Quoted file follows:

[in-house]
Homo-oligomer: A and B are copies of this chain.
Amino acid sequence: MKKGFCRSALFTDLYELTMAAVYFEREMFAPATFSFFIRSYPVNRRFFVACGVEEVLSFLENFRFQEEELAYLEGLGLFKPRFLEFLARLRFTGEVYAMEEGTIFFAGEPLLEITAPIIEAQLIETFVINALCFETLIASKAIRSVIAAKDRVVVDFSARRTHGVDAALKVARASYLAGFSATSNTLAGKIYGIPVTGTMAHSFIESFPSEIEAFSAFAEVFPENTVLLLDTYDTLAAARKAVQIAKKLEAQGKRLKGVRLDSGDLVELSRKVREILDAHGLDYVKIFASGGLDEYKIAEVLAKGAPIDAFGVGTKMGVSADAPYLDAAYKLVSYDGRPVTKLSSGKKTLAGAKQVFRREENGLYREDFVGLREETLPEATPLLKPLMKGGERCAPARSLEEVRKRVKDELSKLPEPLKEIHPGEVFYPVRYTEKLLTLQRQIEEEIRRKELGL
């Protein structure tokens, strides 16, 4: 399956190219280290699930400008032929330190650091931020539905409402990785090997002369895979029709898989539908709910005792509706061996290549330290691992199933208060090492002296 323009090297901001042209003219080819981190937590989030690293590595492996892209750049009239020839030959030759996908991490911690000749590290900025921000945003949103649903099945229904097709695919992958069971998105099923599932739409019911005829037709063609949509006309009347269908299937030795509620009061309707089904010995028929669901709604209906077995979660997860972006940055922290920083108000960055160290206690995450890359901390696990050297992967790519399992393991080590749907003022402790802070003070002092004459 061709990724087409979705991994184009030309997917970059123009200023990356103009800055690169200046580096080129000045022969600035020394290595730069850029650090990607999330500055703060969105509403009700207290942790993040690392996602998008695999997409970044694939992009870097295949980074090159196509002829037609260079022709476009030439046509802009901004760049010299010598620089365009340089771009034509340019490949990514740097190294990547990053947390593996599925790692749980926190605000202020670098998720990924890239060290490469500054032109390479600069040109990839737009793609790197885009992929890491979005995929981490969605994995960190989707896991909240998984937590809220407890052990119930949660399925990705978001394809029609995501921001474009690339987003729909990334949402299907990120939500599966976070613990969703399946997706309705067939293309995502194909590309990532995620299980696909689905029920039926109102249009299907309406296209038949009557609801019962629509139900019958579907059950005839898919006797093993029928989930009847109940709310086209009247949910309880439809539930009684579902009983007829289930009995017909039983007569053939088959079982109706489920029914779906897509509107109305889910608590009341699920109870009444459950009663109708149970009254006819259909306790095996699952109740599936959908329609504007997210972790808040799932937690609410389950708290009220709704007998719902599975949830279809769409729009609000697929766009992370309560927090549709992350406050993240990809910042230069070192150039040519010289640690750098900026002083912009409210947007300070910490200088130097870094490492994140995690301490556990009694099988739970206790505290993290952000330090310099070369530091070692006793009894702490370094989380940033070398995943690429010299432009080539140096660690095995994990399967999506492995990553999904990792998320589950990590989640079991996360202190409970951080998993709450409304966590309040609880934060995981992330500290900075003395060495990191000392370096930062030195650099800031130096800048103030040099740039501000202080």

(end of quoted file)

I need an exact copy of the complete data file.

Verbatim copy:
[in-house]
Homo-oligomer: A and B are copies of this chain.
Amino acid sequence: MKKGFCRSALFTDLYELTMAAVYFEREMFAPATFSFFIRSYPVNRRFFVACGVEEVLSFLENFRFQEEELAYLEGLGLFKPRFLEFLARLRFTGEVYAMEEGTIFFAGEPLLEITAPIIEAQLIETFVINALCFETLIASKAIRSVIAAKDRVVVDFSARRTHGVDAALKVARASYLAGFSATSNTLAGKIYGIPVTGTMAHSFIESFPSEIEAFSAFAEVFPENTVLLLDTYDTLAAARKAVQIAKKLEAQGKRLKGVRLDSGDLVELSRKVREILDAHGLDYVKIFASGGLDEYKIAEVLAKGAPIDAFGVGTKMGVSADAPYLDAAYKLVSYDGRPVTKLSSGKKTLAGAKQVFRREENGLYREDFVGLREETLPEATPLLKPLMKGGERCAPARSLEEVRKRVKDELSKLPEPLKEIHPGEVFYPVRYTEKLLTLQRQIEEEIRRKELGL
């Protein structure tokens, strides 16, 4: 399956190219280290699930400008032929330190650091931020539905409402990785090997002369895979029709898989539908709910005792509706061996290549330290691992199933208060090492002296 323009090297901001042209003219080819981190937590989030690293590595492996892209750049009239020839030959030759996908991490911690000749590290900025921000945003949103649903099945229904097709695919992958069971998105099923599932739409019911005829037709063609949509006309009347269908299937030795509620009061309707089904010995028929669901709604209906077995979660997860972006940055922290920083108000960055160290206690995450890359901390696990050297992967790519399992393991080590749907003022402790802070003070002092004459 061709990724087409979705991994184009030309997917970059123009200023990356103009800055690169200046580096080129000045022969600035020394290595730069850029650090990607999330500055703060969105509403009700207290942790993040690392996602998008695999997409970044694939992009870097295949980074090159196509002829037609260079022709476009030439046509802009901004760049010299010598620089365009340089771009034509340019490949990514740097190294990547990053947390593996599925790692749980926190605000202020670098998720990924890239060290490469500054032109390479600069040109990839737009793609790197885009992929890491979005995929981490969605994995960190989707896991909240998984937590809220407890052990119930949660399925990705978001394809029609995501921001474009690339987003729909990334949402299907990120939500599966976070613990969703399946997706309705067939293309995502194909590309990532995620299980696909689905029920039926109102249009299907309406296209038949009557609801019962629509139900019958579907059950005839898919006797093993029928989930009847109940709310086209009247949910309880439809539930009684579902009983007829289930009995017909039983007569053939088959079982109706489920029914779906897509509107109305889910608590009341699920109870009444459950009663109708149970009254006819259909306790095996699952109740599936959908329609504007997210972790808040799932937690609410389950708290009220709704007998719902599975949830279809769409729009609000697929766009992370309560927090549709992350406050993240990809910042230069070192150039040519010289640690750098900026002083912009409210947007300070910490200088130097870094490492994140995690301490556990009694099988739970206790505290993290952000330090310099070369530091070692006793009894702490370094989380940033070398995943690429010299432009080539140096660690095995994990399967999506492995990553999904990792998320589950990590989640079991996360202190409970951080998993709450409304966590309040609880934060995981992330500290900075003395060495990191000392370096930062030195650099800031130096800048103030040099740039501000202080």